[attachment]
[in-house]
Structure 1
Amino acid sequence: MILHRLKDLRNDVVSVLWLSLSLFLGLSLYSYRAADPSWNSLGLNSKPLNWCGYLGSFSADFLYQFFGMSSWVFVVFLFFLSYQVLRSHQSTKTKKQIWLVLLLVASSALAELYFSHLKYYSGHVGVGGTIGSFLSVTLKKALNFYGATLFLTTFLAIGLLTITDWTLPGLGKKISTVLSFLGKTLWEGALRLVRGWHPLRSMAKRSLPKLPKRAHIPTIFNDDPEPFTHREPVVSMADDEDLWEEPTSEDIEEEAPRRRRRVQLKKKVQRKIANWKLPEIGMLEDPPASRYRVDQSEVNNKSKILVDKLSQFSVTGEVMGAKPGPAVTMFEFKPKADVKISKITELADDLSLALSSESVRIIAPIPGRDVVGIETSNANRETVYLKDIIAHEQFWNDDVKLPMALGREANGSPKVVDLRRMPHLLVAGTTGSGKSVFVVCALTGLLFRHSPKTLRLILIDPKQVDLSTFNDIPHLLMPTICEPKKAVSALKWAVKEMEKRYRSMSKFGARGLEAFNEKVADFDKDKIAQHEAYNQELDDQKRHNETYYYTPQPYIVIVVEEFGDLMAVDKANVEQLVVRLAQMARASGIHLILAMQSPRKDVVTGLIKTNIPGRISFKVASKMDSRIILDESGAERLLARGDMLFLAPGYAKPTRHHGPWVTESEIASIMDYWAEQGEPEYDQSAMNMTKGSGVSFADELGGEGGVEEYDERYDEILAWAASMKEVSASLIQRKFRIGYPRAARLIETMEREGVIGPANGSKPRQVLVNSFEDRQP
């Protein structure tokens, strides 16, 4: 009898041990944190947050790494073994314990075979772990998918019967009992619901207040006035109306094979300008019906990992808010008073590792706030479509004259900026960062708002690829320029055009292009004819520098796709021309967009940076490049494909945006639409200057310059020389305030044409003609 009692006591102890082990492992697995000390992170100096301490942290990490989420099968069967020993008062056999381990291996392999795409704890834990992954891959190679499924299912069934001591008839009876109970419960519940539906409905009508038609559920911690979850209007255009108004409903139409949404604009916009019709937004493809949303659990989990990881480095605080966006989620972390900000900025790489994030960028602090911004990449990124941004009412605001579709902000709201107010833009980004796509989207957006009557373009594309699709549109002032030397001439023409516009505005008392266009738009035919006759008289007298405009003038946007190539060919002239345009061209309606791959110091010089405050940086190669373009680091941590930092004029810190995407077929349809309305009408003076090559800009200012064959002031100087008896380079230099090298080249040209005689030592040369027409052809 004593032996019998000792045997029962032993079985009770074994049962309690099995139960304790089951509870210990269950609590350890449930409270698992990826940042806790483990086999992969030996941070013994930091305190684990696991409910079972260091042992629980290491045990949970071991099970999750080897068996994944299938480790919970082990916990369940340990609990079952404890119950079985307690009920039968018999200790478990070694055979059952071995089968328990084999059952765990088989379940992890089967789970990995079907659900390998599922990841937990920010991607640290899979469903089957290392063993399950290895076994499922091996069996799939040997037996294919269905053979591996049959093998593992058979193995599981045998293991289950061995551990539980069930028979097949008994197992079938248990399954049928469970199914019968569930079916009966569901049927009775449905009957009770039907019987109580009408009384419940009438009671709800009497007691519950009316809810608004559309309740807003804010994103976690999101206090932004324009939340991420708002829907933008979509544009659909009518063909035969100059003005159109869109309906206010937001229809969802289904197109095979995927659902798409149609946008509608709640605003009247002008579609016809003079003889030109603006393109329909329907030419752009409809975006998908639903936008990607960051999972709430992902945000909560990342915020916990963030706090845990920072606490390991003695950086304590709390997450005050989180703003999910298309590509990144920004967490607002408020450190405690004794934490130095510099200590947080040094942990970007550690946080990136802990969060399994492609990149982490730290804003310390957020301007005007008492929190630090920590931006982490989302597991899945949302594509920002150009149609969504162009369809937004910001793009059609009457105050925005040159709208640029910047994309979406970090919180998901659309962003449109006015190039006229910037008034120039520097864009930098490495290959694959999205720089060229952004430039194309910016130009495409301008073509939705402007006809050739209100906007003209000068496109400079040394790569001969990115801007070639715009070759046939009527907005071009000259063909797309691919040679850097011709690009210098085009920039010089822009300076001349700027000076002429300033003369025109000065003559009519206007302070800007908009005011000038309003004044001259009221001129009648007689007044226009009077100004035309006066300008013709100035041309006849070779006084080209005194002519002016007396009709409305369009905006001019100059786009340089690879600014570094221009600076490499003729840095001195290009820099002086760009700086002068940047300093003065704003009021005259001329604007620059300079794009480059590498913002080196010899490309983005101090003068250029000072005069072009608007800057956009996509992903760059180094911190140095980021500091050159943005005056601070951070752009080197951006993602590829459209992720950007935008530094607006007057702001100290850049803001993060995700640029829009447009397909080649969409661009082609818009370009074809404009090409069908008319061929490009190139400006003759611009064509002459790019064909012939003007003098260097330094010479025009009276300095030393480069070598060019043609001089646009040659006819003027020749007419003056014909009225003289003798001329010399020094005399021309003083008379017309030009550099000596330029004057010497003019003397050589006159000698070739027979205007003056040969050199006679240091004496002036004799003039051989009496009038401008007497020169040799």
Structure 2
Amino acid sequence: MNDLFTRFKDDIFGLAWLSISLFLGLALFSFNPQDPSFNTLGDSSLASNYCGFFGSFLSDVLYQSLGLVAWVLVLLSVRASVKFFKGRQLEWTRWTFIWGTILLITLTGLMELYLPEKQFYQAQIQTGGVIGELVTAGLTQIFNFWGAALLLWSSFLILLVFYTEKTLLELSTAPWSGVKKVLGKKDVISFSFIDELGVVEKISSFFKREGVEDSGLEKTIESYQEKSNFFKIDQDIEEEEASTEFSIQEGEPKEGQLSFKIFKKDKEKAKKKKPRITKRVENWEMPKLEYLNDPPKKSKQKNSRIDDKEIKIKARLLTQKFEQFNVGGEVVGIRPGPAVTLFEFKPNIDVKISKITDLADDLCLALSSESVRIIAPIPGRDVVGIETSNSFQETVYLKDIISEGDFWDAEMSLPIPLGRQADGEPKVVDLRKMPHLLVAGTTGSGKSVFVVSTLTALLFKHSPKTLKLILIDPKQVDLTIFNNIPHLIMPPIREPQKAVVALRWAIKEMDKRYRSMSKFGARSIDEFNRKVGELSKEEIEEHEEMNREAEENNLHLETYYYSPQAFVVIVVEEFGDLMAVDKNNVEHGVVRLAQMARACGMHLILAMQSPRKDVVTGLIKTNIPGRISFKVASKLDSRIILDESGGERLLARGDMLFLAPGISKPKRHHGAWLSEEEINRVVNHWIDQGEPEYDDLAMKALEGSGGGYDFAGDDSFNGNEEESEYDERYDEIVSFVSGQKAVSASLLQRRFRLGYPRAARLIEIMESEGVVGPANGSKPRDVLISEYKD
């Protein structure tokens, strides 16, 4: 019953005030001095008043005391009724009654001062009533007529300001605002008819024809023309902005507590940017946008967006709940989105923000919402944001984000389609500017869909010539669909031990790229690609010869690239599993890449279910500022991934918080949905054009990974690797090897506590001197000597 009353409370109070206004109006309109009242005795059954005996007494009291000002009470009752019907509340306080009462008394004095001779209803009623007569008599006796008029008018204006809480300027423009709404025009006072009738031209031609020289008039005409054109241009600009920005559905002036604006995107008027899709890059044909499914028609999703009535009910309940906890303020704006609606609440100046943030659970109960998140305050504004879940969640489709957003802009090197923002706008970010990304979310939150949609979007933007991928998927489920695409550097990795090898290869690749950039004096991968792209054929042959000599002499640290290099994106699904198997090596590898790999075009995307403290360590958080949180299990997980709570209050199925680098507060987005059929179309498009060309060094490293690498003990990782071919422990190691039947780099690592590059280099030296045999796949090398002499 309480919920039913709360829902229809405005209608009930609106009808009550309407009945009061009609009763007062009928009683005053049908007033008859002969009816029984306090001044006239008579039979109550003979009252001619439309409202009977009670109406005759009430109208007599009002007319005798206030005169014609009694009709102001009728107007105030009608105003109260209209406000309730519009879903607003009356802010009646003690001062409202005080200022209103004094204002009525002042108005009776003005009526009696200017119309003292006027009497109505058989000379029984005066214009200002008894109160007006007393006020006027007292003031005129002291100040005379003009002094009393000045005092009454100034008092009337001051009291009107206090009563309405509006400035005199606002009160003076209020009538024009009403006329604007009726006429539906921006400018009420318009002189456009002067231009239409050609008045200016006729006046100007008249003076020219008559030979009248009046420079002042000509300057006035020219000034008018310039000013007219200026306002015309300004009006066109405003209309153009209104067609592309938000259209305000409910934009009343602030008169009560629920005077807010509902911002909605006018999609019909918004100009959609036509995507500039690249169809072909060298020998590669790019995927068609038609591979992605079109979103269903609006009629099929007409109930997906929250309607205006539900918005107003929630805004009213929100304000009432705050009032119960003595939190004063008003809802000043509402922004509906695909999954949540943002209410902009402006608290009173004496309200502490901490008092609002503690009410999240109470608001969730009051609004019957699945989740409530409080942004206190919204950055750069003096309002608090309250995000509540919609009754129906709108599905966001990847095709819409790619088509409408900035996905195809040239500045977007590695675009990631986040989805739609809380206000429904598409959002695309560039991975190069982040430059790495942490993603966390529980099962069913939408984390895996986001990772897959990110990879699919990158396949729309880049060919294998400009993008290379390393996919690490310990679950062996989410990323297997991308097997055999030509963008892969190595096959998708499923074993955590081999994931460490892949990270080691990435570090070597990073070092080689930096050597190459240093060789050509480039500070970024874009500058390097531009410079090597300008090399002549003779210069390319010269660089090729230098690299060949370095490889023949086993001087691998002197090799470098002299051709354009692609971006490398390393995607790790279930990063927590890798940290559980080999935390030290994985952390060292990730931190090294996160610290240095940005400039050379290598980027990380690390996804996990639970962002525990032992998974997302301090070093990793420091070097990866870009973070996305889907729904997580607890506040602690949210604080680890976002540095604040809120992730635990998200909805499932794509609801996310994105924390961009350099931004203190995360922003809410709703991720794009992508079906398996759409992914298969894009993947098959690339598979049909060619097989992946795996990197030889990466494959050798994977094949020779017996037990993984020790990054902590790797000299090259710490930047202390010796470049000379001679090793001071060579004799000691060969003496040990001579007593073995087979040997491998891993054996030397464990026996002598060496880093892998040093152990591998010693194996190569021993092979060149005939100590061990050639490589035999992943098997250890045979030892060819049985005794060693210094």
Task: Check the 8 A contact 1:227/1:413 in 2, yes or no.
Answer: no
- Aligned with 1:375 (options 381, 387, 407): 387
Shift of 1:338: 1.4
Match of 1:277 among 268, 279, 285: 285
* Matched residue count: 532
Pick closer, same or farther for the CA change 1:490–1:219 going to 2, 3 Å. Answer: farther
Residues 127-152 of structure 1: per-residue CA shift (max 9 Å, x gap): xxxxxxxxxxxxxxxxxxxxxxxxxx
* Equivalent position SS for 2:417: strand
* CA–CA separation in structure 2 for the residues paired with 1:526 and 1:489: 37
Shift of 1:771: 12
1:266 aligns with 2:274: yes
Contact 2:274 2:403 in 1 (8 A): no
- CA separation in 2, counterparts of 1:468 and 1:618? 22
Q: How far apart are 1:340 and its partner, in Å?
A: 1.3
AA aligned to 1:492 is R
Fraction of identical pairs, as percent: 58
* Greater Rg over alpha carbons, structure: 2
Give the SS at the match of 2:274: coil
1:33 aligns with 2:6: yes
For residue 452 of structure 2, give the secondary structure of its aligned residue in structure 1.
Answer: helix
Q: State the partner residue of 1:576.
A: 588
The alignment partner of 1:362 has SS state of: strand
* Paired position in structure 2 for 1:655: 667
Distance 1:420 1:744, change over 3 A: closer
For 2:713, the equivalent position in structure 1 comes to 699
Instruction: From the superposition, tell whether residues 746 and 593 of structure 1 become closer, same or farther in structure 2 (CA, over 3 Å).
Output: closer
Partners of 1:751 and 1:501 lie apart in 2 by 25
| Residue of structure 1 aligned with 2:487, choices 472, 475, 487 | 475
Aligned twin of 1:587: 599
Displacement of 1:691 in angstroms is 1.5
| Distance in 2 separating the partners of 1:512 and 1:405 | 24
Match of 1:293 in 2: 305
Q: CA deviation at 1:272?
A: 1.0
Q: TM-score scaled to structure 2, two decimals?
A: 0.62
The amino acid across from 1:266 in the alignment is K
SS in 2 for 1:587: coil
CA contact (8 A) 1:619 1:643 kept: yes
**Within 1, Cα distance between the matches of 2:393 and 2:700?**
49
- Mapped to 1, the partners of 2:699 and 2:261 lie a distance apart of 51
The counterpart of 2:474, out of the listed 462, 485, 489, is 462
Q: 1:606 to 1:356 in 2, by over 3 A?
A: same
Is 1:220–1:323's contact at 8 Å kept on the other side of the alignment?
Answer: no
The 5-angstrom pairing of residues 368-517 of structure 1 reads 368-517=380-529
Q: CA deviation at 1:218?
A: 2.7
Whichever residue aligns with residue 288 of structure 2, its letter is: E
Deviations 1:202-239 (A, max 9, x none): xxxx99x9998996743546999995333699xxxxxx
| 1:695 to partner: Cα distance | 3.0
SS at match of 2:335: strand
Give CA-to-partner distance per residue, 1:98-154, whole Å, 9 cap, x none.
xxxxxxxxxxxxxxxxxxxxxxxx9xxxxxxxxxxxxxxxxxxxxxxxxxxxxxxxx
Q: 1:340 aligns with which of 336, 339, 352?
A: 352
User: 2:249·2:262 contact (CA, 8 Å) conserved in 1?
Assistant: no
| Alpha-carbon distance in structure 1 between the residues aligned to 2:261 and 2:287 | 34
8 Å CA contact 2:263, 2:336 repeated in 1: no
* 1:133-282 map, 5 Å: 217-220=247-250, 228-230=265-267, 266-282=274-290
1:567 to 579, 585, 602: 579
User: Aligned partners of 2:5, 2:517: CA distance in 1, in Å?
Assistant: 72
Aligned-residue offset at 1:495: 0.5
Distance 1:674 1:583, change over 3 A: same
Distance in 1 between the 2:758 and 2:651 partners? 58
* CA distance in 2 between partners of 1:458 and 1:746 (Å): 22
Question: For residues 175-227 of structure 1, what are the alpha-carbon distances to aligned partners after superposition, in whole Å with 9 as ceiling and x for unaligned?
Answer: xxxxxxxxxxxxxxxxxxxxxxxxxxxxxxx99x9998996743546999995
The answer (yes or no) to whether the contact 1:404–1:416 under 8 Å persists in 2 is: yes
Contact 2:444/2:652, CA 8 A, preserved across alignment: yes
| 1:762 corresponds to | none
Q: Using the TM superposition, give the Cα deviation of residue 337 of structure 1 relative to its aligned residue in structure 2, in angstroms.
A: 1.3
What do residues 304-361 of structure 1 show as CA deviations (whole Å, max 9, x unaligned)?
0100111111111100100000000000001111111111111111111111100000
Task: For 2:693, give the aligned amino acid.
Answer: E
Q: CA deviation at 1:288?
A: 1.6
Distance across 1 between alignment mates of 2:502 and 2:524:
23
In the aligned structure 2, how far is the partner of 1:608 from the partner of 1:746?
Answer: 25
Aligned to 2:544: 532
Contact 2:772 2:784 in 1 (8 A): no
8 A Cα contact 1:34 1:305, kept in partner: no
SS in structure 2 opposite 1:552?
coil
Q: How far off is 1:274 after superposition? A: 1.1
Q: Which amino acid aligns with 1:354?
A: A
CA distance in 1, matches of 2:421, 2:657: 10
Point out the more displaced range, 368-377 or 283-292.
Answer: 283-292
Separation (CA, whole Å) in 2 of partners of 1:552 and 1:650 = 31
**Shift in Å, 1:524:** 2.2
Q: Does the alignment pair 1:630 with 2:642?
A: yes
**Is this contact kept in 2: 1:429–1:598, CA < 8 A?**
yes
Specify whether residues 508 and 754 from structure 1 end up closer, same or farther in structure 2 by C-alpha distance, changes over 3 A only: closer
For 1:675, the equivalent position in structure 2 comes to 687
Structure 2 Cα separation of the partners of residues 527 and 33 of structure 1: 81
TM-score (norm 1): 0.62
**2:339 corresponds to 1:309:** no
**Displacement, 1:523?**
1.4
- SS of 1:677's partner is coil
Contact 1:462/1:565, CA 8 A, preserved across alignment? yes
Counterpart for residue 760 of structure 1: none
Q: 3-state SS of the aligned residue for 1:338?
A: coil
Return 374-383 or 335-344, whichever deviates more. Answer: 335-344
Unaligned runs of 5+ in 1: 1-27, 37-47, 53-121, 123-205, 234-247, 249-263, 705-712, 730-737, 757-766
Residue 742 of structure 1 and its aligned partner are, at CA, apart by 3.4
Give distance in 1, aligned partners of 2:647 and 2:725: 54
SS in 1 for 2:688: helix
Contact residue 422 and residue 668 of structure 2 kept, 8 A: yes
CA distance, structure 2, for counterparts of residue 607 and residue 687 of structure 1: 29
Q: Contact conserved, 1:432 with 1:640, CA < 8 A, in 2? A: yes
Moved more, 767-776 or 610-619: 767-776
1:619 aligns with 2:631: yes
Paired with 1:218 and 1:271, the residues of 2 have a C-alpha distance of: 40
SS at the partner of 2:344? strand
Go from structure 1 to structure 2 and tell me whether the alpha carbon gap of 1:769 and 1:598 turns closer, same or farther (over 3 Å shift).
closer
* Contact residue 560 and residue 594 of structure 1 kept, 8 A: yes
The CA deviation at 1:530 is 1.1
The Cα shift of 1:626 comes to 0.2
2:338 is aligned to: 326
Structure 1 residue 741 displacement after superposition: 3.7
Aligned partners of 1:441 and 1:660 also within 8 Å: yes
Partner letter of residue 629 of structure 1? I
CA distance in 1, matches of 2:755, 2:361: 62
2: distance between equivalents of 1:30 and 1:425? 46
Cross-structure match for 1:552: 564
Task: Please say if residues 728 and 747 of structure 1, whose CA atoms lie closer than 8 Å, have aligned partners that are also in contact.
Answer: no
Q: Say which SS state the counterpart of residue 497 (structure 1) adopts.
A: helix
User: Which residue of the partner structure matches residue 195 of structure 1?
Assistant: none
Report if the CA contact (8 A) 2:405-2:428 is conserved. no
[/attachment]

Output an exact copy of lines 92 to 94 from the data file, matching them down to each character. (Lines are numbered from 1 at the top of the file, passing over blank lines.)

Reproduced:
Task: For 2:693, give the aligned amino acid.
Answer: E
Q: CA deviation at 1:288?